How to Become a Registered Business

By Elizabeth Rayne

Business formation is largely governed by state law, and registering a business is the process of obtaining authorization to transact business in a specific jurisdiction. The steps for registering a business generally include determining the appropriate business entity, determining if the name is available, applying for an employer identification number and filing the appropriate forms with the state. Once incorporated within a state, there may be further state and professional licenses and permits that must be acquired to conduct business.

Step 1

Select the appropriate business entity. Sole proprietorships and partnerships generally do not require registration because the owners of the business remain personally liable for the business. In contrast, limited liability companies and limited liability partnerships do require registration and owners are not legally liable for the debts of the company. On the other end of the spectrum are corporations, which are independent legal entities run by the shareholders. Corporations are the most complex structure with a number of legal and tax obligations, but provide the opportunity to sell ownership of the company through the sale of shares.

Step 2

Decide whether or not you want to register a pass-through entity. In a pass-through entity, the income "passes through" the business to the owners. This means that the business does not pay taxes, and instead the individual owners pay taxes on their personal taxes. There are fewer taxes on pass-through entities. Sole proprietorships, partnerships and limited liability companies are pass-through business, while corporations are not. Visit the Secretary of State website in your state to learn more about different business structures and pass-through entities.

Ready to start your LLC? Start an LLC Online Now

Step 3

Select a name for your business and determine if it is available. Visit the Secretary of State website in the state where your business is located and check the searchable database. For sole proprietorships or existing corporations or LLCs that wish to conduct business under a different name, you may select to register a "Doing Business As" name. Contact the county clerk's office or the state government to register a "Doing Business As" name.

Step 4

Register for an EIN. An EIN is a unique number for your business that will be used to identify it for tax purposes and may also be required for incorporating documents. Visit the Internal Revenue Service website to fill out an EIN application.

Step 5

File the paperwork to register your business with the state if required. Visit the business division of your Secretary of State's website to find the pertinent information and forms to register your business entity. There is usually a fee associated with the filing, which will vary by state.

Step 6

Acquire licenses and permits. Some business require individuals to hold professional licenses, and there are often state and local permits that must be obtained to remain in compliance with zoning and other local ordinances. If your company conducts business in a different state from where it was incorporated, acquire a certificate of authority as a foreign entity in each state where you will do business.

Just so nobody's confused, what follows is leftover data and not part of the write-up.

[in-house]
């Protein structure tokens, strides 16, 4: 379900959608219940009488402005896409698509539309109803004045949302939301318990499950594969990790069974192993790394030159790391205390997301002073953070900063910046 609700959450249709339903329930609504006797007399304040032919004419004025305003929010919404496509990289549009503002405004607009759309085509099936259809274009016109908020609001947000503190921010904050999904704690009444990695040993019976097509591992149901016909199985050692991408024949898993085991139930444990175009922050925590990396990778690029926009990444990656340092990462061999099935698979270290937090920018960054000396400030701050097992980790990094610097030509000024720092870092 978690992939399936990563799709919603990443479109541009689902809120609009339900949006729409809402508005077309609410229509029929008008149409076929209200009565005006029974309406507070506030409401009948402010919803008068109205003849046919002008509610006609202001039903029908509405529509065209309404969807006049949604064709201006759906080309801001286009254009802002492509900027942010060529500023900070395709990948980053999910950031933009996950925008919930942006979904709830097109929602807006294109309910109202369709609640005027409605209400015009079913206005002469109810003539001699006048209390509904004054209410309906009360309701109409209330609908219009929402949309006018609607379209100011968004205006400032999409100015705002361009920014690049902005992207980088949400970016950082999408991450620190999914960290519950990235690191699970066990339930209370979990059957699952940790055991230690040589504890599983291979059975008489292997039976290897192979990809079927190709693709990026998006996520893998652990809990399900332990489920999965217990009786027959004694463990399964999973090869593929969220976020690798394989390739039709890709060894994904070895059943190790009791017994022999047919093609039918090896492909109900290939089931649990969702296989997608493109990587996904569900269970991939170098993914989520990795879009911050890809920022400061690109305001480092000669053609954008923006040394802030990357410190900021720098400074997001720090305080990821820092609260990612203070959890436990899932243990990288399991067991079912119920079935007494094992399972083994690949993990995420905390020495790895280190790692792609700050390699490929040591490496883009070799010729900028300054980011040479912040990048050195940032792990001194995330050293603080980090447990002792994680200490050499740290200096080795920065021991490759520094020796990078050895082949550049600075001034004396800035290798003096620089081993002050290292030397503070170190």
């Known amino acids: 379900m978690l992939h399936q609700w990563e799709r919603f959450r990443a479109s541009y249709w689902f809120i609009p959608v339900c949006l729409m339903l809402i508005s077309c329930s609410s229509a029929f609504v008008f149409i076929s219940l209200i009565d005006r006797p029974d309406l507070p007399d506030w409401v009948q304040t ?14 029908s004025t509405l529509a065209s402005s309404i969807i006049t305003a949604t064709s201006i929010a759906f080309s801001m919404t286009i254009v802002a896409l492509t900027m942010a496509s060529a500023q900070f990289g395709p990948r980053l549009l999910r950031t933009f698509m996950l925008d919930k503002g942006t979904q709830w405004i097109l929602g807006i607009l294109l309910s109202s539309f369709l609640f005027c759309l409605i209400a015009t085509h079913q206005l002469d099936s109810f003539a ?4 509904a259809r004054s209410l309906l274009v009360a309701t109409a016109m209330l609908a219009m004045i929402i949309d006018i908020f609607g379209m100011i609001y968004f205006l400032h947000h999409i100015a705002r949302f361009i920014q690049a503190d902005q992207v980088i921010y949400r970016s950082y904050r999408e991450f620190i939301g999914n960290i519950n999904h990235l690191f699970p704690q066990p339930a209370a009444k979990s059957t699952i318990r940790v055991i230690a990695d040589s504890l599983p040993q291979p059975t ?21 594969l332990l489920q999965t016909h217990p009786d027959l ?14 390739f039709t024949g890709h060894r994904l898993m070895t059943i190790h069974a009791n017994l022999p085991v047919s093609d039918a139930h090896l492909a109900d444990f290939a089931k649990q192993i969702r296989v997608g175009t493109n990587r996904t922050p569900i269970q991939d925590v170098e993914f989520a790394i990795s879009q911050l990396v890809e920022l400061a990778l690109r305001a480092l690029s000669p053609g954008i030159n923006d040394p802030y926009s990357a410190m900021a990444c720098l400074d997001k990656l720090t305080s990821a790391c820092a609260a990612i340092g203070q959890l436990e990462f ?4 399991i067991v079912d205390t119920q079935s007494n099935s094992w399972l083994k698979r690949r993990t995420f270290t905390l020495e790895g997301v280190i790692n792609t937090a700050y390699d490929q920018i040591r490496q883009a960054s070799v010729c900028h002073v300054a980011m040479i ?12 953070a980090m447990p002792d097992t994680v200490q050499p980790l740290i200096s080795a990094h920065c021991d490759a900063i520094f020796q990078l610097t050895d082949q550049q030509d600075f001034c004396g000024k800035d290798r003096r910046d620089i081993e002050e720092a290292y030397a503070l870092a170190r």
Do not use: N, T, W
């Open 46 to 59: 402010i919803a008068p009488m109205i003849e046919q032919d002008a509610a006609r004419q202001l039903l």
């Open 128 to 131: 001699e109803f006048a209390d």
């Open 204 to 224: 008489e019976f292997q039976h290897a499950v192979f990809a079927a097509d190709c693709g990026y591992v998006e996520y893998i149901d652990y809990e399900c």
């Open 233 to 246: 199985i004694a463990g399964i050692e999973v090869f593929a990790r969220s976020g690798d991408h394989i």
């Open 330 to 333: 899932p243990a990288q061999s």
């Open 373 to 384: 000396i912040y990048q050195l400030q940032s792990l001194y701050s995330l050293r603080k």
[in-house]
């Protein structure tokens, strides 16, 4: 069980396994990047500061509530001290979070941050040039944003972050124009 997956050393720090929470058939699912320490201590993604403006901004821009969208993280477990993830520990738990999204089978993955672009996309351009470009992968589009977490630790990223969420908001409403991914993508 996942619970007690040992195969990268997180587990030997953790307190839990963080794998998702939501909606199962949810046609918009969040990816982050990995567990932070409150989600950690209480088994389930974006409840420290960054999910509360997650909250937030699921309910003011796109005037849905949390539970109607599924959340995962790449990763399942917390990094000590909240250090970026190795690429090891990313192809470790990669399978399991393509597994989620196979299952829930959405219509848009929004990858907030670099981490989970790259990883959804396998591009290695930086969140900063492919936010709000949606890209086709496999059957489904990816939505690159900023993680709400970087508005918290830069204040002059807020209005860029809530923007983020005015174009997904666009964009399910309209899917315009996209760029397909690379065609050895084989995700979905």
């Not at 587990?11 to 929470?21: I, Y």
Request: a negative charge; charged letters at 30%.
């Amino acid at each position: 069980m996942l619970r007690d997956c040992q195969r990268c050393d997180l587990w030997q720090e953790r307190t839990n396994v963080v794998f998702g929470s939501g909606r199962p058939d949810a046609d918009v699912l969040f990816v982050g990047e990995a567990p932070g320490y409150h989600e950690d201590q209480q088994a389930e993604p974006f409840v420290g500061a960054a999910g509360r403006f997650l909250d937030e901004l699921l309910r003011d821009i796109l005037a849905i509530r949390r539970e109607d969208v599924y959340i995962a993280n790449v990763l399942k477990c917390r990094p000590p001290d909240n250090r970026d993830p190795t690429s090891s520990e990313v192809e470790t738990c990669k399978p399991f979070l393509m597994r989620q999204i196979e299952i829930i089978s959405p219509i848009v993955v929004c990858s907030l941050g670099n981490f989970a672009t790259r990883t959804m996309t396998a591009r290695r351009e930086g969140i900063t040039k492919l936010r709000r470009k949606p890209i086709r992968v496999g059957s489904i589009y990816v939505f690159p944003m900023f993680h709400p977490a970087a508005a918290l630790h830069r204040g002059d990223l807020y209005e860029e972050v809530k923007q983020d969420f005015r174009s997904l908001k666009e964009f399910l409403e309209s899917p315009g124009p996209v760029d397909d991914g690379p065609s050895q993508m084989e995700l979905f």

Ready to start your LLC? Start an LLC Online Now
Difference in Business License & Registering a Business


Related articles

How to Deregister a Business Name

Canceling a business name is an important step for closing businesses, but also for any company that no longer wants to use a registered business name. Generally, business names are approved and registered under state law. As important as it is to select an available business name that correctly identifies a business, it is equally important to retire a business name that you are no longer using.

Kentucky Rules on Sole Proprietorship

Sole proprietorships are common business structures because they are relatively simple to set up and provide flexibility in management. As a sole proprietor, you may independently manage your business and retain its profits. However, sole proprietorships do not provide limited liability as other business entity types, such as corporations, provide. Kentucky business registrations are handled by the Business Services section of the Secretary of State's office. The state requires all business types, including sole proprietorships, to also pursue professional licensing and tax registration.

How to File a DBA in Georgia

Filing a DBA, or "doing business as" document, allows a business to operate under a different name than the name used when it was first created in Georgia. A DBA may also be referred to as a trade name, a fictitious business statement or an assumed business name. In Georgia, a DBA is referred to as a trade name, and a business that wants to use a DBA must complete and file a specific form before doing so. All businesses registered with the Georgia Secretary of State or a local county government must file a DBA form to operate under a different name, including corporations, limited liability companies and partnerships.

LLCs, Corporations, Patents, Attorney Help

Related articles

What Do You Need to Register a Business Name?

For many customers, your business name is the first point of reference they have with regard to your company. Leave a ...

How to Form a Sole Proprietorship in Ohio

Many Ohio businesses are formed as sole proprietorships because this type of business is relatively simple to set up, ...

How to Register a Sole Proprietorship in Tennessee

Tennessee has no filing requirement to register a sole proprietorship. Instead, the entity is legally formed when a ...

How to Get a Sole Proprietorship

For an independent entrepreneur, a sole proprietorship is a common business structure because it is relatively simple ...

Browse by category
Ready to Begin? GET STARTED